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Reduced functional performance in the lower extremity predicted radiographic knee osteoarthritis five years later
  1. C A Thorstensson1,
  2. I F Petersson1,
  3. L T H Jacobsson1,2,
  4. T L Boegård1,3,
  5. E M Roos1,4
  1. 1Spenshult Hospital for Rheumatic Diseases, Oskarström, Sweden
  2. 2Department of Rheumatology, Malmö University Hospital, Malmö, Sweden
  3. 3Department of Radiology, County Hospital, Helsingborg, Sweden
  4. 4Department of Orthopaedics, Lund University Hospital, Lund, Sweden
  1. Correspondence to:
    Dr C Thorstensson
    Spenshult Hospital for Rheumatic Diseases, Oskarström, Sweden, S-313 92; carina.thorstenssonspenshult.se

Abstract

Background: Reduced quadriceps strength is an early finding in subjects with knee osteoarthritis, but it is not clear whether it is a cause or a consequence of knee osteoarthritis.

Objective: To determine whether reduced functional performance in the lower extremity predicts the incidence or progression of radiographic knee osteoarthritis.

Design: Prospective, epidemiological, population based cohort study.

Patients: 148 subjects (62 women), aged 35–54 (mean 44.8), with chronic knee pain from a population based cohort.

Measurements: Predictors analysed were age, sex, body mass index, baseline knee pain, and three tests of lower extremity functional performance: maximum number of one-leg rises from sitting, time spent walking 300 m, and timed standing on one leg. Weightbearing tibiofemoral knee radiographs were obtained at baseline and after 5 years (median 5.1, range 4.2–6.1), and classified according to Kellgren and Lawrence as no osteoarthritis (Kellgren and Lawrence = 0, n = 94) or prevalent osteoarthritis (Kellgren and Lawrence ⩾1, n = 54).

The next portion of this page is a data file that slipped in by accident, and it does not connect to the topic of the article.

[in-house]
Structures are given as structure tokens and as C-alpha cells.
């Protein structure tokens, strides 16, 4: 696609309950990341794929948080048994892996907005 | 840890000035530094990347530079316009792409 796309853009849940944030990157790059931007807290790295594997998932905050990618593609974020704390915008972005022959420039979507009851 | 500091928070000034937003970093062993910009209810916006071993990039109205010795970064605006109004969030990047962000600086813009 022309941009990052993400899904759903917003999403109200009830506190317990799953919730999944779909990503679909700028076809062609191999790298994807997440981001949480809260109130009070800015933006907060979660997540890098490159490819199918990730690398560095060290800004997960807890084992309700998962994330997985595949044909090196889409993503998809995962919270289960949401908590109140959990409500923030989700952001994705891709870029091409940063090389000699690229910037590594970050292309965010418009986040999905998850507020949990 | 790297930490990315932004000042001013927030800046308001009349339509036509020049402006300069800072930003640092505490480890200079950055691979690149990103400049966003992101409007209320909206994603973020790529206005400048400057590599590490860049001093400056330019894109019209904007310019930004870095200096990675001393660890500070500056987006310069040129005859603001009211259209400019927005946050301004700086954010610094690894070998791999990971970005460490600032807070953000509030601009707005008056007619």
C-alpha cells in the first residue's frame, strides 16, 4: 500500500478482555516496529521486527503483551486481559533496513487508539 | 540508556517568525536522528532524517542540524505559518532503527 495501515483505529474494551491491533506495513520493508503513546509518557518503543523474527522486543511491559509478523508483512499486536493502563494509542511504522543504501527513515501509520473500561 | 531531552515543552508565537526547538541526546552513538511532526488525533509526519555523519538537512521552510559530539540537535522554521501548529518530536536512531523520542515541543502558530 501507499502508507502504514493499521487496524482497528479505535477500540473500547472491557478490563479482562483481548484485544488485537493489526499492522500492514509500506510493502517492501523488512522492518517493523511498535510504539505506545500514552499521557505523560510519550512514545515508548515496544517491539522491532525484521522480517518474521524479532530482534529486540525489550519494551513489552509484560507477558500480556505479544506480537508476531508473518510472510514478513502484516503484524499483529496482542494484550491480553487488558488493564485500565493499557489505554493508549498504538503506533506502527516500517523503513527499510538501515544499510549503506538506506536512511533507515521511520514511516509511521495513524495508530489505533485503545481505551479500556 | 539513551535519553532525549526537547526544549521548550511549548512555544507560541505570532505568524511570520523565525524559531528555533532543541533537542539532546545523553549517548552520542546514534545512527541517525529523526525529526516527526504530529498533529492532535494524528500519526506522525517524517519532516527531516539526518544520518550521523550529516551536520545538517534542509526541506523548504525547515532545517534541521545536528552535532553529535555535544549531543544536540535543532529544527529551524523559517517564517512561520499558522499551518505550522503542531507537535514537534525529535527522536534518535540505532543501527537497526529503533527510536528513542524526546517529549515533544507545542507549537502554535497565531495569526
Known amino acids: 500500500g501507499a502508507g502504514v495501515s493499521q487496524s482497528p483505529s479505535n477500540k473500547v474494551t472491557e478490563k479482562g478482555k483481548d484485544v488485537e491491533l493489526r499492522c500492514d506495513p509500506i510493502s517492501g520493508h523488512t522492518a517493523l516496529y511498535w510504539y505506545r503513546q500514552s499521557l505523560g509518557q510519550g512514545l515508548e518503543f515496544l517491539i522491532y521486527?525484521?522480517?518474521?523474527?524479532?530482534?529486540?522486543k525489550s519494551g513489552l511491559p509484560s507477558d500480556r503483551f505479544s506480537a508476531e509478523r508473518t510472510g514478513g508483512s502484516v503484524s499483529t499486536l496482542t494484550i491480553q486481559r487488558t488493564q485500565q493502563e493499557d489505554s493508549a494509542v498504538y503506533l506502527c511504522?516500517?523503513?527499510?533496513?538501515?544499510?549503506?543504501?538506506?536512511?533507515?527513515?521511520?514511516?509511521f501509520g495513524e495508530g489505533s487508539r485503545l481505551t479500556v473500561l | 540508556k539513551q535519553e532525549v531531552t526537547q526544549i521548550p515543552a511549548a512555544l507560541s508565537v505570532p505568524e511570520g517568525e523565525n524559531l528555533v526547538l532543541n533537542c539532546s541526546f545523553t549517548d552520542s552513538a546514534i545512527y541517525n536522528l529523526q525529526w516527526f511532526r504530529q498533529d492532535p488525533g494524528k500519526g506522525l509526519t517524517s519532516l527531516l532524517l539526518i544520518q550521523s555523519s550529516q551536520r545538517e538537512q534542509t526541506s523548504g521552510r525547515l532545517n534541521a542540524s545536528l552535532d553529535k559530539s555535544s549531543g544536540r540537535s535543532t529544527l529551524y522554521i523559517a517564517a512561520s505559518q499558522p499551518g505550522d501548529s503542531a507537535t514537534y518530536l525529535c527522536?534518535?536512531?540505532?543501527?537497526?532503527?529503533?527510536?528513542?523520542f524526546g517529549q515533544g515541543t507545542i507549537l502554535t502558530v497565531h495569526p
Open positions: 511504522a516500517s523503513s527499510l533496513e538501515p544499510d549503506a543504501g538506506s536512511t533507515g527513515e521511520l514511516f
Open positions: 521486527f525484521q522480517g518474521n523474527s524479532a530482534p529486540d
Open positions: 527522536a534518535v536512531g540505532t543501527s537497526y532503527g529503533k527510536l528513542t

Results: Fewer one-leg rises (median 17 v 25) predicted incident radiographic osteoarthritis five years later (OR 2.6, 95% CI 1.1 to 6.0). The association remained significant after controlling for age, sex, body mass index, and pain. No significant predictor of radiographic progression in the group with prevalent osteoarthritis was found.

Conclusion: Reduced functional performance in the lower extremity predicted development of radiographic knee osteoarthritis 5 years later among people aged 35–55 with chronic knee pain and normal radiographs at baseline. These findings suggest that a test of one-leg rises may be useful, and interventions aimed at improving functional performance may be protective against development of knee osteoarthritis.

  • epidemiology
  • knees
  • osteoarthritis
  • physical endurance
  • risk factors
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